The National Security Agency has been secretly collecting phone call records of tens of millions of Americans, including calls made within the United States, according to reports.
USA Today said Thursday that the NSA, which is in charge of a domestic spying program, has been building up the database using records provided by three major phone companies (http://news.com.com/Some+companies+helped+the+NSA%2C+but+which/2100-1028_3-6035305.html?tag=nl)--AT&T (http://news.com.com/AT38T+sued+over+NSA+spy+program/2100-1028_3-6033501.html?tag=nl), Verizon Communications and BellSouth--but that the program "does not involve the NSA listening to or recording conversations."
The newspaper said its sources for the story were "people with direct knowledge of the arrangement," but it did not give their names or describe their affiliation.
The existence of an NSA eavesdropping program launched after the Sept. 11, 2001, terror attacks was revealed in December (http://news.com.com/Just+how+extensive+is+NSAs+spy+program/2100-1028_3-6006326.html?tag=nl).
Defending the controversial eavesdropping program (http://news.com.com/NSA+spying+comes+under+legal%2C+political+attack/2100-1028_3-6066123.html?tag=nl), President Bush and his administration officials have said it aims to uncover links between international terrorists and their domestic collaborators and only targets communications between a person inside the United States and a person overseas.
But USA Today said that calls originating and terminating within the United States have not escaped the NSA's attention.
"It's the largest database ever assembled in the world," the paper quoted one source as saying. The agency's goal is "to create a database of every call ever made" within U.S. borders, it said the source added.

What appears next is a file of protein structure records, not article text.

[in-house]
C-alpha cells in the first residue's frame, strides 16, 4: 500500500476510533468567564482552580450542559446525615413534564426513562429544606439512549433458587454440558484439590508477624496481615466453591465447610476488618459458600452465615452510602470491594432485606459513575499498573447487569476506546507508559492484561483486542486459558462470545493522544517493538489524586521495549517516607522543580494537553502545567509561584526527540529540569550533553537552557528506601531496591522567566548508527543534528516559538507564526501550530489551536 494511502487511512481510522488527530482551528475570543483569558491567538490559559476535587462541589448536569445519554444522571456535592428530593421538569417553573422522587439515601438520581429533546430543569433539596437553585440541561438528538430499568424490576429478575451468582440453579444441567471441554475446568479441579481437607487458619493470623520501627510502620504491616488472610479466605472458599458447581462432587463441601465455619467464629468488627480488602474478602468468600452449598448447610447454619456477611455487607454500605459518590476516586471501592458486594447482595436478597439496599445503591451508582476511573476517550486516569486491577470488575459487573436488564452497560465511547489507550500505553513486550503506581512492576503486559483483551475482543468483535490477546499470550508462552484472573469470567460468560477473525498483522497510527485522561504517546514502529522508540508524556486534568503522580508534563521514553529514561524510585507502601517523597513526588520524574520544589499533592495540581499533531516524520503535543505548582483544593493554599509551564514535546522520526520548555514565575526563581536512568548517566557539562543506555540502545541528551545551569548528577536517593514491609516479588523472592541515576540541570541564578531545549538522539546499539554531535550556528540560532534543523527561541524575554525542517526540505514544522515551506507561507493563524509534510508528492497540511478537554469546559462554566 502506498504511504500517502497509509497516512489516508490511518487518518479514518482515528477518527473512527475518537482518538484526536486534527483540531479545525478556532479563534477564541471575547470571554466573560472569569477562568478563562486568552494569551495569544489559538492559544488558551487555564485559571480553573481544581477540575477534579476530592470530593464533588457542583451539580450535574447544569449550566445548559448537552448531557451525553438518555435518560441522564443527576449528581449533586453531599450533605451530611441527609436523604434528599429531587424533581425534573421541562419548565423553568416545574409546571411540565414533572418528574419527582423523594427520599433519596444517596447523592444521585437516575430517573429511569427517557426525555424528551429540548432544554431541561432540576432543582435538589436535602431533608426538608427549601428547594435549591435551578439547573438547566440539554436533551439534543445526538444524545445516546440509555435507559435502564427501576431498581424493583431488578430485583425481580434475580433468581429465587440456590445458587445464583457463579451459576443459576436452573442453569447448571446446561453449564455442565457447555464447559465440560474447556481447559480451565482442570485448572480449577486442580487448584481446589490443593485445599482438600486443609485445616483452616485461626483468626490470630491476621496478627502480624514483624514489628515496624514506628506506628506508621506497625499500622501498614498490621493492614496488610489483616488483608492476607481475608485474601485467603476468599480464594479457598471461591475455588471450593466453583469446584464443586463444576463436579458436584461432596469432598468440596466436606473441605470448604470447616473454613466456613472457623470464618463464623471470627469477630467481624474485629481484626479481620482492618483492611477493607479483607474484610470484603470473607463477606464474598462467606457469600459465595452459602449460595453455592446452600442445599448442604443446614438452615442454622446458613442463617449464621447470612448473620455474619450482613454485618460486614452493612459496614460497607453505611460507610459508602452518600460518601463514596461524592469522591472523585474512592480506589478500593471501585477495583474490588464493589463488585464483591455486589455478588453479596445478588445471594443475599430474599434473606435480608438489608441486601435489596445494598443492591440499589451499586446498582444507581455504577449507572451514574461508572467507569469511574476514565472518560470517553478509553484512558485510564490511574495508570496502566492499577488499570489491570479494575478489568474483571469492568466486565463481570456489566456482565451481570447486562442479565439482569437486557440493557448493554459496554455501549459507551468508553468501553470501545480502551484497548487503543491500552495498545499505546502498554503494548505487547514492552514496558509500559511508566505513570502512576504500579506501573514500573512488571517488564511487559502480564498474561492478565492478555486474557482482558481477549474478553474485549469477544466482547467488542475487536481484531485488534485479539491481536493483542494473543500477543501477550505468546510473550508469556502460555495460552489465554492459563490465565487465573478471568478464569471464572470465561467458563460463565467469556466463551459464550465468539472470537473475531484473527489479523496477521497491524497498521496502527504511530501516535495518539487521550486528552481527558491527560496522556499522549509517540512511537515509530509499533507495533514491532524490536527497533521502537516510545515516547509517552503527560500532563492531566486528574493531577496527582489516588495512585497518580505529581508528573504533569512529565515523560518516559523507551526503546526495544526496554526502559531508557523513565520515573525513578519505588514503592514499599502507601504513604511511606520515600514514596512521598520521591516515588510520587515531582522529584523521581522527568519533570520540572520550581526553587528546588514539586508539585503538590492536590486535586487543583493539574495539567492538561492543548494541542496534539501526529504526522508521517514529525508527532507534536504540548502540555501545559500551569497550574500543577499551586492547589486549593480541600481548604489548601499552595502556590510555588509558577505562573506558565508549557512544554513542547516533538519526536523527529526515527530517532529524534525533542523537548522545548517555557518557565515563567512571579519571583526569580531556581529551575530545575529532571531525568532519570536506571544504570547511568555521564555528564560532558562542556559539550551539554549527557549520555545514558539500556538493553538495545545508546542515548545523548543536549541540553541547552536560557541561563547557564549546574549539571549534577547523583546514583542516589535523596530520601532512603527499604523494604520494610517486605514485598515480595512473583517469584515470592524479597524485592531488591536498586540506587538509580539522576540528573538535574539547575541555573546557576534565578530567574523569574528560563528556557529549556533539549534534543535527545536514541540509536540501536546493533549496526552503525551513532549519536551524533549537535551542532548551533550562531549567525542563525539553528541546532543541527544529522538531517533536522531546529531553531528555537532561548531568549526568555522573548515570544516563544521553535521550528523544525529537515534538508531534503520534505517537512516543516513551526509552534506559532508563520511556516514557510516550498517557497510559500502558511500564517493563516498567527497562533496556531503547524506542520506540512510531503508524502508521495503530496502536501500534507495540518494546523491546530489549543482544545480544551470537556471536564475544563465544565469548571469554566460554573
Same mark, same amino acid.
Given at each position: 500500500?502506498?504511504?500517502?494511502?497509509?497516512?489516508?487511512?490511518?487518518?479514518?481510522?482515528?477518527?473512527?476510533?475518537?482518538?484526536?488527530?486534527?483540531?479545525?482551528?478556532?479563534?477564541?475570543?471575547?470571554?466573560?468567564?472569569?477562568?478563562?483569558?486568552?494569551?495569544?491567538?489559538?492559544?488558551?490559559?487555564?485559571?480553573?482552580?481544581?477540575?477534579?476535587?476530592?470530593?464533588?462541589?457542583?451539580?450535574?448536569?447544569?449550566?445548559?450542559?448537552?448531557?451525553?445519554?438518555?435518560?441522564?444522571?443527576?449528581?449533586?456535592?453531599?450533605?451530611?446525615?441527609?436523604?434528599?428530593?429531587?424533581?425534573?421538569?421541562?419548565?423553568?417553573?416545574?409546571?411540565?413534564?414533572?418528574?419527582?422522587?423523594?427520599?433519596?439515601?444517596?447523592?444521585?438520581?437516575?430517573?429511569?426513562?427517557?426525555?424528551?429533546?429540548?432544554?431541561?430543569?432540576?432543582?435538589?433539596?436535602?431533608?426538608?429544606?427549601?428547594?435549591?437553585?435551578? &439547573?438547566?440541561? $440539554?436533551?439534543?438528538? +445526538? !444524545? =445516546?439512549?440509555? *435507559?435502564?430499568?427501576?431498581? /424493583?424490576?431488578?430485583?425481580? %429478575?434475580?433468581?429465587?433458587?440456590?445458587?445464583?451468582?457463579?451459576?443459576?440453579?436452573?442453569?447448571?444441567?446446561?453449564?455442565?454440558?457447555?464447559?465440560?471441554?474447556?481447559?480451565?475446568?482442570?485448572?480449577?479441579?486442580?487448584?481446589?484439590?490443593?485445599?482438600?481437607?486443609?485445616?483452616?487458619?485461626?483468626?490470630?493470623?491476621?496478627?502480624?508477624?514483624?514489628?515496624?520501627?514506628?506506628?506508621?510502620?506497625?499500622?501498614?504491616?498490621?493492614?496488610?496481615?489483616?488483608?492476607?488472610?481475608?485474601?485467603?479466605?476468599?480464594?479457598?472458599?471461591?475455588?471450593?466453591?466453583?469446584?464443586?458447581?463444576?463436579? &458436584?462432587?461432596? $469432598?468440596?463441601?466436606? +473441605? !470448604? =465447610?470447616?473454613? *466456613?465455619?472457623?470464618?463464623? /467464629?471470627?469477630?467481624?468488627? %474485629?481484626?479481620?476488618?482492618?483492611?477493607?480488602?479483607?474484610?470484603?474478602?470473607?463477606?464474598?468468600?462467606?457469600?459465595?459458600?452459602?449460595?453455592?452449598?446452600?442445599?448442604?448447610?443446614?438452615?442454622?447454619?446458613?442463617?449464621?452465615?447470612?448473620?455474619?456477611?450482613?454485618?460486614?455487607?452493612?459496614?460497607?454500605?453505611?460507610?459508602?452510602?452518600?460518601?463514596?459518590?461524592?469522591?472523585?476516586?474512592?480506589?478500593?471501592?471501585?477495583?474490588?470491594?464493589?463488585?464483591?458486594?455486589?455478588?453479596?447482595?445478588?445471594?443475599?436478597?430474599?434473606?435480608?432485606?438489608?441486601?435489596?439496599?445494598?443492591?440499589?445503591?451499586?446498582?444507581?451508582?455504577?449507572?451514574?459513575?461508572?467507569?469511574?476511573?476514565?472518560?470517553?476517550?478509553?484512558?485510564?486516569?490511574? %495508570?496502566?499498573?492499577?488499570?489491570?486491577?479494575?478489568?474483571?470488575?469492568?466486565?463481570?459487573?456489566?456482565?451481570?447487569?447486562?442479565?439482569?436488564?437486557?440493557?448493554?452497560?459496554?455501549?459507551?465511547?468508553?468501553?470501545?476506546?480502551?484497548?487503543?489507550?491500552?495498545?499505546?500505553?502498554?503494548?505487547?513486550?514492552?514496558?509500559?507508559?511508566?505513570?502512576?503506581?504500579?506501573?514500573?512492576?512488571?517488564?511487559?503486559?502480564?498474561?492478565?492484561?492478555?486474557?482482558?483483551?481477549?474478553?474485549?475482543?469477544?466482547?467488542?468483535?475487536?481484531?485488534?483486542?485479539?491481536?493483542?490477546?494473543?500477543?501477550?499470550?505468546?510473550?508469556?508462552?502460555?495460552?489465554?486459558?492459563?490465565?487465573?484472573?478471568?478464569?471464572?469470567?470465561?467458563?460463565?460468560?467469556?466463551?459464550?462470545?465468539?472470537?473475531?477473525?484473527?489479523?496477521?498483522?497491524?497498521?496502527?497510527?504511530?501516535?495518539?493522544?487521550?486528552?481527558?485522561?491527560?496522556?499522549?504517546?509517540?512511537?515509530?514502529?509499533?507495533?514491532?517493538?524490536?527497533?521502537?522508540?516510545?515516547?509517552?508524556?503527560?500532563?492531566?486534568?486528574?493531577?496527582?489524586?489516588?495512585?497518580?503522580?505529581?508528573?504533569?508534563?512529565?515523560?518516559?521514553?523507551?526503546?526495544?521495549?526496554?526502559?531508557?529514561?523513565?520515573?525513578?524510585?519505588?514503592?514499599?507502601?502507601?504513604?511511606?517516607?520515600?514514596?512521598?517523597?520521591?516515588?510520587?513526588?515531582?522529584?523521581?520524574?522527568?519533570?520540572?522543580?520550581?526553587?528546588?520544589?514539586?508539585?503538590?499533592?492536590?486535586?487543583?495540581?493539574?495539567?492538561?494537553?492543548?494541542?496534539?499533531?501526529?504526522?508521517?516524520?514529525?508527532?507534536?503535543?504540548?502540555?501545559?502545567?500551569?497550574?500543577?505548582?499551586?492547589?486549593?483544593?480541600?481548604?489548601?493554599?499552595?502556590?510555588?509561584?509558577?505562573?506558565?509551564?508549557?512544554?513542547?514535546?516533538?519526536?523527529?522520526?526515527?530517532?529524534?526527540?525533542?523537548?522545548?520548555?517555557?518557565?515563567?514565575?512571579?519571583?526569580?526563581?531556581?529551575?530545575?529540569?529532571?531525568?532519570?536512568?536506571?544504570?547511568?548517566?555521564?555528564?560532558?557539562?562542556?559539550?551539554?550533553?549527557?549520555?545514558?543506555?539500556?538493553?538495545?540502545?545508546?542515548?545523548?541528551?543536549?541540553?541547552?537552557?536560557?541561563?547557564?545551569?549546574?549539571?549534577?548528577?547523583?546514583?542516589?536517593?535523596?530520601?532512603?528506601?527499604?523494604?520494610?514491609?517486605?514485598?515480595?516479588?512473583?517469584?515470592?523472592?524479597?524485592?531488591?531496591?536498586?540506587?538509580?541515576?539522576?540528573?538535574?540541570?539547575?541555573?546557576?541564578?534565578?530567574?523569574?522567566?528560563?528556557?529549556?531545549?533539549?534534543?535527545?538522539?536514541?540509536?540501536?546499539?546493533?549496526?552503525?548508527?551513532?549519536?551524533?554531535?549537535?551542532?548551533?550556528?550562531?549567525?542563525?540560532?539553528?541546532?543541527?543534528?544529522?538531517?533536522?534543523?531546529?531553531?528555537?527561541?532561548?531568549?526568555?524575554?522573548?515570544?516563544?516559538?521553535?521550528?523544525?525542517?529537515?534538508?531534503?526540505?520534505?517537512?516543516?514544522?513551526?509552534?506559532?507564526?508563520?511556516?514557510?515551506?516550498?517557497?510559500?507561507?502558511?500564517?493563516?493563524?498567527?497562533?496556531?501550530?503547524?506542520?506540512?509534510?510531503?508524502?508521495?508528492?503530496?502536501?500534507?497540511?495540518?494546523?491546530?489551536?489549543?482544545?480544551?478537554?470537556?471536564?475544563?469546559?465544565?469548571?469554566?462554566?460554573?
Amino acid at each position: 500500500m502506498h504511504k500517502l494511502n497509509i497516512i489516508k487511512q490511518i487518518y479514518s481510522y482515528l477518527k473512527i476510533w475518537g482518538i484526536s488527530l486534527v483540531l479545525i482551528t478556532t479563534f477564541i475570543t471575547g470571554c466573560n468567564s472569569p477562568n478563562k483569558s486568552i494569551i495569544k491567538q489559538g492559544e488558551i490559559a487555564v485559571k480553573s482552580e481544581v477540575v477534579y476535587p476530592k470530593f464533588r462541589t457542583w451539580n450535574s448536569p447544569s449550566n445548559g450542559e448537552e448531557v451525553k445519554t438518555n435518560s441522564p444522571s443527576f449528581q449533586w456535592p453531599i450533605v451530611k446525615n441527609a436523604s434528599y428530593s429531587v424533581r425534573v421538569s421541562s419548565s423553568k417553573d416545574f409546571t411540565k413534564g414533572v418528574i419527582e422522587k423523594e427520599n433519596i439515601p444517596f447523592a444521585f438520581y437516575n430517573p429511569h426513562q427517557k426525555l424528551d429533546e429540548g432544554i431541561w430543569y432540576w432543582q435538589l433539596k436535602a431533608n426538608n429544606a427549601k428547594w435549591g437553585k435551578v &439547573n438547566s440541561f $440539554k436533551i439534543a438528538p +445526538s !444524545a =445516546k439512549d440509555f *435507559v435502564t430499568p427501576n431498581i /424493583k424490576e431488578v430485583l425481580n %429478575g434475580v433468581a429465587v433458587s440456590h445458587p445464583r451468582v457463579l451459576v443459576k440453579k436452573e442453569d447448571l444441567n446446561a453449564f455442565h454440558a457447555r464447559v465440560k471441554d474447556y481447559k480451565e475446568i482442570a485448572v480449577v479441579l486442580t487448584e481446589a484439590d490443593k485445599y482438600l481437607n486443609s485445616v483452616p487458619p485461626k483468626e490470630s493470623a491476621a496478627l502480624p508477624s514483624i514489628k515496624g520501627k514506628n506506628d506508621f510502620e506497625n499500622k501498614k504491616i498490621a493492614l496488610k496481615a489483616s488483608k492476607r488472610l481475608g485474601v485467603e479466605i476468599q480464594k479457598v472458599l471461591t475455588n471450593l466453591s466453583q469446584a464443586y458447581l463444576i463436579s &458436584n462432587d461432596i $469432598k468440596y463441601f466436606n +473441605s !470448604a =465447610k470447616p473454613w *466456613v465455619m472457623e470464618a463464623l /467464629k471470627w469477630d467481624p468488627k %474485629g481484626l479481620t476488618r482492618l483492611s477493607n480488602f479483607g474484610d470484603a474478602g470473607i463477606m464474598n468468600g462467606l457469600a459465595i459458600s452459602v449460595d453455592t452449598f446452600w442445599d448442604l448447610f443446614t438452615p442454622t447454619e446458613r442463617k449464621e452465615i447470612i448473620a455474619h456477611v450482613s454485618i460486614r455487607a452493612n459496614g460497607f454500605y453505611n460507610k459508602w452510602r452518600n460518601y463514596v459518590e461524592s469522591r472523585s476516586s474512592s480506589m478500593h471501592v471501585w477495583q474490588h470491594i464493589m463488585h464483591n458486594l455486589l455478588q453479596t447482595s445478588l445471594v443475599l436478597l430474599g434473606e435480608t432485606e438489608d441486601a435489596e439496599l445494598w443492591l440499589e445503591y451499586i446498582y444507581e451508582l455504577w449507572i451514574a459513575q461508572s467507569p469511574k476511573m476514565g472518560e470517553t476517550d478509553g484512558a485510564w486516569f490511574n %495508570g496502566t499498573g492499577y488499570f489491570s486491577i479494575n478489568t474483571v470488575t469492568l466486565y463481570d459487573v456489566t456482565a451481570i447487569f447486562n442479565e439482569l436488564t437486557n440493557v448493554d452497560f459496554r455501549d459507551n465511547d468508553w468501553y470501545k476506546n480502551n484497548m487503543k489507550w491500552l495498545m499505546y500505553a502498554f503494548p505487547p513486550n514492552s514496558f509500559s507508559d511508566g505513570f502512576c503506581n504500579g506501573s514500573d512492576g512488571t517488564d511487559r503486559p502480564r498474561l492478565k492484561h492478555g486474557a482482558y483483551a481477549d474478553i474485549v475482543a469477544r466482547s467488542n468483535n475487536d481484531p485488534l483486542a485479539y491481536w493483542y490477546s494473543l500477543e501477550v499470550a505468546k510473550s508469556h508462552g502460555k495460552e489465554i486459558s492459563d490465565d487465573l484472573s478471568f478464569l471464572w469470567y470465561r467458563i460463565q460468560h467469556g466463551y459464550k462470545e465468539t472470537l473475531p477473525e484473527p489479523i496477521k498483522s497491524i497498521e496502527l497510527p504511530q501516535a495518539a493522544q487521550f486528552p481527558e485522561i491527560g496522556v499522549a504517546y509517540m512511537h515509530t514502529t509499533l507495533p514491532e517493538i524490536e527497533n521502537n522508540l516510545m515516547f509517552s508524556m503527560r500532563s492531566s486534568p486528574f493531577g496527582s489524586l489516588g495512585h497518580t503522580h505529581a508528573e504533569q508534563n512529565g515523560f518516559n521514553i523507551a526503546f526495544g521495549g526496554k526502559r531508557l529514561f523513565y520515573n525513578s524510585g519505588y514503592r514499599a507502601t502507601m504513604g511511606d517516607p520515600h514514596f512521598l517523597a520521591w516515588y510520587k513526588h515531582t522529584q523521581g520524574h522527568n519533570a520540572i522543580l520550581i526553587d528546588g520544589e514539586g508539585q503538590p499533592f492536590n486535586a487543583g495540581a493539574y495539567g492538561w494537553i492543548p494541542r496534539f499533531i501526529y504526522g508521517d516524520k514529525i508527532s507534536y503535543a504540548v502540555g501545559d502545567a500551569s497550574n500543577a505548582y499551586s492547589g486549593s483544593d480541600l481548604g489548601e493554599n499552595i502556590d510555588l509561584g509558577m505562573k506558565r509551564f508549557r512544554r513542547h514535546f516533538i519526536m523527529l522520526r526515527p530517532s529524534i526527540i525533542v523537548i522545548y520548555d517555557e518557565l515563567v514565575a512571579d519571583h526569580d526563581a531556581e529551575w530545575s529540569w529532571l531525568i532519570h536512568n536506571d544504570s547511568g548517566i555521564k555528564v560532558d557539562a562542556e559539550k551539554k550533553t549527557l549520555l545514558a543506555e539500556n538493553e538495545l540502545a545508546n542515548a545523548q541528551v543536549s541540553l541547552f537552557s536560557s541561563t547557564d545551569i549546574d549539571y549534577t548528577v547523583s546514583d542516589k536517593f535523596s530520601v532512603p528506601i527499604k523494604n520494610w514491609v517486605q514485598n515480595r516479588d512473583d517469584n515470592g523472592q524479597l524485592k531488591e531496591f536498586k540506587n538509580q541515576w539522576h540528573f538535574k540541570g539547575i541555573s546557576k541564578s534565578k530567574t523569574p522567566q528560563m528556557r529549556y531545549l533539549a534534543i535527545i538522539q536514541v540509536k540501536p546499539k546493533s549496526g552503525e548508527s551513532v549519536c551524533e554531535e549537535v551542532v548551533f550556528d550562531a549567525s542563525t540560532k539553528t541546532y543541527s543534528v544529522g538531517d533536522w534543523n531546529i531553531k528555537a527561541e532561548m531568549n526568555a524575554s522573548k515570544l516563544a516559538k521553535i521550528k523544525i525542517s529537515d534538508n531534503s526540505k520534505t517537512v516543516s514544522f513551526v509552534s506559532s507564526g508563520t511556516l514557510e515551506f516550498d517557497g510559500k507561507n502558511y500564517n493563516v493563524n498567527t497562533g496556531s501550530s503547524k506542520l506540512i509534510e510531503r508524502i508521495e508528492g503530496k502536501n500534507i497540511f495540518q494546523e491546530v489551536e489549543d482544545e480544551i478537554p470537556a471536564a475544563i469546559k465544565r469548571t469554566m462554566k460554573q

The NSA has "access to records of billions of domestic calls," USA Today said. Although customers' names and addresses are not being handed over, "the phone numbers the NSA collects can easily be cross-checked with other databases to obtain that information," it said.
Air Force Gen. Michael Hayden, who headed the NSA from 1999 to 2005 and was nominated by Bush on Monday as director of the CIA, would have overseen the call-tracking program, the newspaper said.
Hayden, as well as NSA and White House officials, declined to discuss the program, USA Today said.
Among major U.S. telecommunications companies, only Qwest Communications International has refused to help the NSA program, the paper said.
Qwest, with 14 million customers in the Western United States, was "uneasy about the legal implications of handing over customer information to the government without warrants," USA Today said.
It said the three companies cooperating with the NSA "provide local and wireless phone service to more than 200 million customers."